Death of Corbynism? Rebecca Long-Bailey Falls to Last Place in Labour Party Leadership Contest: Poll

HACKNEY, ENGLAND - JANUARY 21: Labour MP Rebecca Long-Bailey speaks during a Labour Leadership Campaign Event at Oslo Hackney on January 21, 2020 in London, England. Four candidates are vying to replace Labour leader Jeremy Corbyn, who offered to step down following his party's loss in the December 2019 general …
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The ‘continuity Corbyn’ candidate, Rebecca Long-Bailey, has fallen to last place in the Labour Party leadership race, spelling trouble for the socialist wing of the party.

Once considered a frontrunner to replace Jeremy Corbyn, Ms Long-Bailey has dropped to fourth place in the race to become the next leader of the Labour Party. The far-left candidate now trails MPs Lisa Nandy and Emily Thornberry and current frontrunner Sir Keir Starmer.

The Member of Parliament for Salford and Eccles only has the support of 14 per cent of the British public and just 27 per cent amongst Labour Party voters, according to an Ipsos MORI poll conducted for the Evening Standard.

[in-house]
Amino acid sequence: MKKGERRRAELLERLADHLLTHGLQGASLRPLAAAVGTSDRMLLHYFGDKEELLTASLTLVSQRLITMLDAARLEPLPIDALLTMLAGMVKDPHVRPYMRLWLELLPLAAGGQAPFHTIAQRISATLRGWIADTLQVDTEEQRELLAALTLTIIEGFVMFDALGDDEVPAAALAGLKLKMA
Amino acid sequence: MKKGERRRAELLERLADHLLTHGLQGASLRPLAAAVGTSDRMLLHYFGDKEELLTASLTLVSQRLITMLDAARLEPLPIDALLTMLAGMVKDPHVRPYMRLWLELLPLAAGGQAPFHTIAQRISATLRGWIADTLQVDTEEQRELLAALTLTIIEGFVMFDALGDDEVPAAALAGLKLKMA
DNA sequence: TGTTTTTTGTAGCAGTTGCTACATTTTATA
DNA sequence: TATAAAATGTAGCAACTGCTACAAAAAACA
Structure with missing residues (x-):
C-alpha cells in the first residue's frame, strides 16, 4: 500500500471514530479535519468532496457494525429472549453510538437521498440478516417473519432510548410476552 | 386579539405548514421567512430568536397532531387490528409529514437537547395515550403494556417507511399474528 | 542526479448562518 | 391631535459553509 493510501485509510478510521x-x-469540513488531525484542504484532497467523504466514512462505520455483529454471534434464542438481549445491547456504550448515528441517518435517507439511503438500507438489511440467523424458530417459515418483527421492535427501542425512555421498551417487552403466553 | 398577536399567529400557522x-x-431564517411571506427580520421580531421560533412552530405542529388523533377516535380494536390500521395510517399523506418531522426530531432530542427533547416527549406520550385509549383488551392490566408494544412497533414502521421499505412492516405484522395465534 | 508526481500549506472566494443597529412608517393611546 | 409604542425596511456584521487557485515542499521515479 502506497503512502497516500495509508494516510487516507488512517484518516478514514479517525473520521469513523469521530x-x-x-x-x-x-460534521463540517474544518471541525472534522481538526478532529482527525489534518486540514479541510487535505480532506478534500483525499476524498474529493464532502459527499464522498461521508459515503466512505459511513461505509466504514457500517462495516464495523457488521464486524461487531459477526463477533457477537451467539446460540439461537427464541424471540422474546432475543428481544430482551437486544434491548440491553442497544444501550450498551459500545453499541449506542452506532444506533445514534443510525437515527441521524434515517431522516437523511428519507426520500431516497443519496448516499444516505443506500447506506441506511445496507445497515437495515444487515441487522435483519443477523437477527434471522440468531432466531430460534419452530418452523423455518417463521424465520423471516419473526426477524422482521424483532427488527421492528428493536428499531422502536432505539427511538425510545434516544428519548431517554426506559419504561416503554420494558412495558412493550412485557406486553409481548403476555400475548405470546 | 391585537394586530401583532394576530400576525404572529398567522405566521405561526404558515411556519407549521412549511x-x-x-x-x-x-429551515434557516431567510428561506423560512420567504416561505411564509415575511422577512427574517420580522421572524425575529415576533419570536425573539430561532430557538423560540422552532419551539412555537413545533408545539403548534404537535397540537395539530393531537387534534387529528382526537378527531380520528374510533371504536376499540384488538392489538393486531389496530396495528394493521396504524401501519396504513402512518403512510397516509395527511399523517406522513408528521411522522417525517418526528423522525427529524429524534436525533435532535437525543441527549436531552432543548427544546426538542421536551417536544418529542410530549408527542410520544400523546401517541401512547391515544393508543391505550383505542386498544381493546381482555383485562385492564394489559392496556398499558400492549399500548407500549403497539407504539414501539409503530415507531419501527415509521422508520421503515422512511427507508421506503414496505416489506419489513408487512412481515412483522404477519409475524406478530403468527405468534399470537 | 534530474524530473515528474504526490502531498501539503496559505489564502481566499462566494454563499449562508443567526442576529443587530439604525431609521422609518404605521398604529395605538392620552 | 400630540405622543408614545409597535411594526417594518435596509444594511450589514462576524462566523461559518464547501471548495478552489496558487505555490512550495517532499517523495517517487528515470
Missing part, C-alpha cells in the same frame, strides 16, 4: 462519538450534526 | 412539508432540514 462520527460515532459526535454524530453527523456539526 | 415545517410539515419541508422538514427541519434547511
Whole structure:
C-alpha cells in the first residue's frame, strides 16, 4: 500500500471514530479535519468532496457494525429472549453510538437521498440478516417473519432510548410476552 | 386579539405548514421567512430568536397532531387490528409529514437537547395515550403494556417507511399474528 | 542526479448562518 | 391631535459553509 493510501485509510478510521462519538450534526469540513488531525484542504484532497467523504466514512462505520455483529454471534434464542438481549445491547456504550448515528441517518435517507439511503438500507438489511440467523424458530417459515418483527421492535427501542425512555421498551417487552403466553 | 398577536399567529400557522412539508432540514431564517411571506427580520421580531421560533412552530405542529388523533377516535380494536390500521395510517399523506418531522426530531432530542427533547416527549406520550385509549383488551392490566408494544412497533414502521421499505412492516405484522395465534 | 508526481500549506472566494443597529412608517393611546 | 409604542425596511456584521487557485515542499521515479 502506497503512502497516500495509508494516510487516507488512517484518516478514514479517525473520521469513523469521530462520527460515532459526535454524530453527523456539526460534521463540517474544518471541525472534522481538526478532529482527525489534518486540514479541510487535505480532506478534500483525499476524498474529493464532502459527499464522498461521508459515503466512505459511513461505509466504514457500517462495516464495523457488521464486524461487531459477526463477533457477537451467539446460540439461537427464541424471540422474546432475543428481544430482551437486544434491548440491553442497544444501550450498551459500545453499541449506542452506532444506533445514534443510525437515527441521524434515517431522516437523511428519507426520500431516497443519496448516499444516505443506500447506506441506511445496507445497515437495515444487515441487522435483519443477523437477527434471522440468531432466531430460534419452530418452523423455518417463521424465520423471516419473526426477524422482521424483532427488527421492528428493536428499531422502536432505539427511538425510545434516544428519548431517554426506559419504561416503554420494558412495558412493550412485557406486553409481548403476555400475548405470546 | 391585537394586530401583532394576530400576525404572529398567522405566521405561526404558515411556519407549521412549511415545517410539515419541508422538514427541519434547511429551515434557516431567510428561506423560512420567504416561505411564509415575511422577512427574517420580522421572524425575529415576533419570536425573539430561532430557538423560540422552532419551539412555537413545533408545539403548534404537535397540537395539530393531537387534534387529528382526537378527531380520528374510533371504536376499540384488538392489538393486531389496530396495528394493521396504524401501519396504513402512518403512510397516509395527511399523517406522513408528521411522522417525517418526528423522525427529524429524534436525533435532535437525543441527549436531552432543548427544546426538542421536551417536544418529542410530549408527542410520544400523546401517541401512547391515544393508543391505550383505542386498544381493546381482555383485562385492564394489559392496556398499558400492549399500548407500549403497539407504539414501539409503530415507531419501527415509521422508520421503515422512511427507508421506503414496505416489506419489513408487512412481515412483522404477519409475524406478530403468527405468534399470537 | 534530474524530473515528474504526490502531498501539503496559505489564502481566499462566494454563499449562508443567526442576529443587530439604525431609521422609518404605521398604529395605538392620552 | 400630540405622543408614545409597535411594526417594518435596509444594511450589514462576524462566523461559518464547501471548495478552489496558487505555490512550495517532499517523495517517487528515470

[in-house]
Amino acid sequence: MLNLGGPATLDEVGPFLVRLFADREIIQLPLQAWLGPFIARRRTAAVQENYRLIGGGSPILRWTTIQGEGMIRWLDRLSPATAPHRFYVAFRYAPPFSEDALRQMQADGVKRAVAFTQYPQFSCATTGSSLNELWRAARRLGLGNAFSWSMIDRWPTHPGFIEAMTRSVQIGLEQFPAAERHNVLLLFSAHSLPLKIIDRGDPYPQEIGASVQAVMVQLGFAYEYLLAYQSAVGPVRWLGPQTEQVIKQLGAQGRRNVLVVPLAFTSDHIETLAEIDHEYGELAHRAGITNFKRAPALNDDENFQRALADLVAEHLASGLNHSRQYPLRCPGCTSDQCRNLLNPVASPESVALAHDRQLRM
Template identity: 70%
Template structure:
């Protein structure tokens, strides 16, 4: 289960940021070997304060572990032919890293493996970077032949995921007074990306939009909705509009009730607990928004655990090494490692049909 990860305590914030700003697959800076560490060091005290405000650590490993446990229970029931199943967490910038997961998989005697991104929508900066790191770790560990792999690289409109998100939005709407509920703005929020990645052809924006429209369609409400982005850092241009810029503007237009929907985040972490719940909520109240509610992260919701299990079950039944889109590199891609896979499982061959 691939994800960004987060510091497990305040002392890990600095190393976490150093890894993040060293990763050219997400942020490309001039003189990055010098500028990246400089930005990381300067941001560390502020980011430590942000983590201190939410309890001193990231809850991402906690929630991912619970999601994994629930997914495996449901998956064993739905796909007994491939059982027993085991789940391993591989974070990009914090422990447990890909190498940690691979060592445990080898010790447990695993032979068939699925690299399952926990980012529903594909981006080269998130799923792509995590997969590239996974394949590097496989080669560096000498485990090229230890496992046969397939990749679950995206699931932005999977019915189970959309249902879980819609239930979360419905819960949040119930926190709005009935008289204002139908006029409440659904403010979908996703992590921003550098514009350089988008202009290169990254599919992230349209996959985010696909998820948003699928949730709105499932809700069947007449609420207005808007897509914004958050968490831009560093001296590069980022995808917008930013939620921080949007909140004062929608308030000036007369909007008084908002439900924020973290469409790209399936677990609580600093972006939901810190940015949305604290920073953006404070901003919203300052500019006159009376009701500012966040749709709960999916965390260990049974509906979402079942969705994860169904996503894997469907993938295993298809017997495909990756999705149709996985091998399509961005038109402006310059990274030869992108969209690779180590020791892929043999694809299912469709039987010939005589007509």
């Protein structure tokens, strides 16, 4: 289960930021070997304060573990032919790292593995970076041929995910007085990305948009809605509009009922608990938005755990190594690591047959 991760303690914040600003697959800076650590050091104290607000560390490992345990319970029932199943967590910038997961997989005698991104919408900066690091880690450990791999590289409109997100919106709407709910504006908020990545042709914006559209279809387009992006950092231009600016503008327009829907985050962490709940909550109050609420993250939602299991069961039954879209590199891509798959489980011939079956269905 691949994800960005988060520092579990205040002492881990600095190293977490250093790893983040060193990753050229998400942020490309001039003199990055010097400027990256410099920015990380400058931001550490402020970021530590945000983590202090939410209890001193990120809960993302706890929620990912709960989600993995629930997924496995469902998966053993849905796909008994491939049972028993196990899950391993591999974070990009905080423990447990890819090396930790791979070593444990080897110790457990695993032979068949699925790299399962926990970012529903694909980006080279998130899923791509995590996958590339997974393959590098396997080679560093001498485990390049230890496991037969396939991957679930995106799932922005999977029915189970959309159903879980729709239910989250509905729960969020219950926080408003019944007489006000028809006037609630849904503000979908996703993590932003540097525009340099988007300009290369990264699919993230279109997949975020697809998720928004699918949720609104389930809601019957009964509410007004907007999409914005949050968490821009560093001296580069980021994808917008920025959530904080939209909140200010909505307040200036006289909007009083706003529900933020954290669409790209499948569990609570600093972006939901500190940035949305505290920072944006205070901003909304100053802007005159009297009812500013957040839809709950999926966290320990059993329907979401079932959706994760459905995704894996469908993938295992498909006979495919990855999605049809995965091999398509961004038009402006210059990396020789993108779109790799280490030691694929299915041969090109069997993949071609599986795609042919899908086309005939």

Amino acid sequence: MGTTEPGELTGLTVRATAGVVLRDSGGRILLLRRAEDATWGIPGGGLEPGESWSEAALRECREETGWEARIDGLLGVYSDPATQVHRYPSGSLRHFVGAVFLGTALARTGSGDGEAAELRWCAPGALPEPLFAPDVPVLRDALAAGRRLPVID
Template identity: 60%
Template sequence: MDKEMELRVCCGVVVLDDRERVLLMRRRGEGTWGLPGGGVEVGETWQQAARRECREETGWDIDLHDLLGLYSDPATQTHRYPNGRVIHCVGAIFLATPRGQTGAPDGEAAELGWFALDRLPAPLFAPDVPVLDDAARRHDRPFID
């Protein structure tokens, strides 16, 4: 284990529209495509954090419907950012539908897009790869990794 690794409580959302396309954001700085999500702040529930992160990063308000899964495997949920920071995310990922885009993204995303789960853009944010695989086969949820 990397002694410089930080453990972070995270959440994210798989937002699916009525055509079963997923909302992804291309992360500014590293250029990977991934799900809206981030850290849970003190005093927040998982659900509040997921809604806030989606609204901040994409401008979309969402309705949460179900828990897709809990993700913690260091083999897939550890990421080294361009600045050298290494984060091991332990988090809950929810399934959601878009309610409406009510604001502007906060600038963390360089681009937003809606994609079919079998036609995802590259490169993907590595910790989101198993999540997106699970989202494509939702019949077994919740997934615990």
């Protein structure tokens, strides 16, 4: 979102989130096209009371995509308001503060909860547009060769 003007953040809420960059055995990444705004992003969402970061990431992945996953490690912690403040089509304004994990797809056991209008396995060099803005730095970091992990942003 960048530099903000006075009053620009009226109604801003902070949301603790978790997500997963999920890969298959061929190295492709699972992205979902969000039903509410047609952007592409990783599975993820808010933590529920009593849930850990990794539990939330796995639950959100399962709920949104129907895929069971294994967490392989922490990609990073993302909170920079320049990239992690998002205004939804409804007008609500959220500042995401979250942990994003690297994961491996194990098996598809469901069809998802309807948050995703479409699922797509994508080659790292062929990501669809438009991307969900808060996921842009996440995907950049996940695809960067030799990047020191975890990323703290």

The Labour Party’s shadow Brexit secretary, Sir Keir, is leading the pack with 45 per cent support from Labour voters, followed by MP for Wigan Lisa Nandy with 33 per cent and Shadow Secretary of State Emily Thornberry with 28 per cent.

Long-Bailey performed particularly poorly with voters who are not currently supporting the Labour Party. Some 79 per cent of those polled said that the would not vote Labour should she become the leader, compared to 76 per cent for Emily Thornberry and 71 per cent for Starmer and Nandy.

In January Long-Bailey wrote that she could “rebuild trust in all of Labour’s heartlands, from Blyth Valley to Brixton — and win the next election”, yet despite this claim, she currently polls last in the South, the Midlands, Scotland, and she currently sits in third place in her home region of the North.

Ms Long-Bailey, who has been groomed by the far-left activist group Momentum to be the heir apparent to Jeremy Corbyn, has called on the other candidates in the leadership race to back the socialist position of nationalising utilities in the United Kingdom.

In January, she said: “We need a proud socialist to lead the Labour Party, driven by their principles and an unwavering determination to see democratic socialism in our lifetime.”

The Member of Parliament for Salford and Eccles has recently become embroiled in a scandal after she described a constituent who suffers from brain damage as a “practical vegetable“, which she later claimed was a “mistake”.

Membership voting in the leadership race will begin on February 21st and will close on April 2nd, with an announcement of the next leader on April 4th.

Follow Kurt on Twitter at @KurtZindulka


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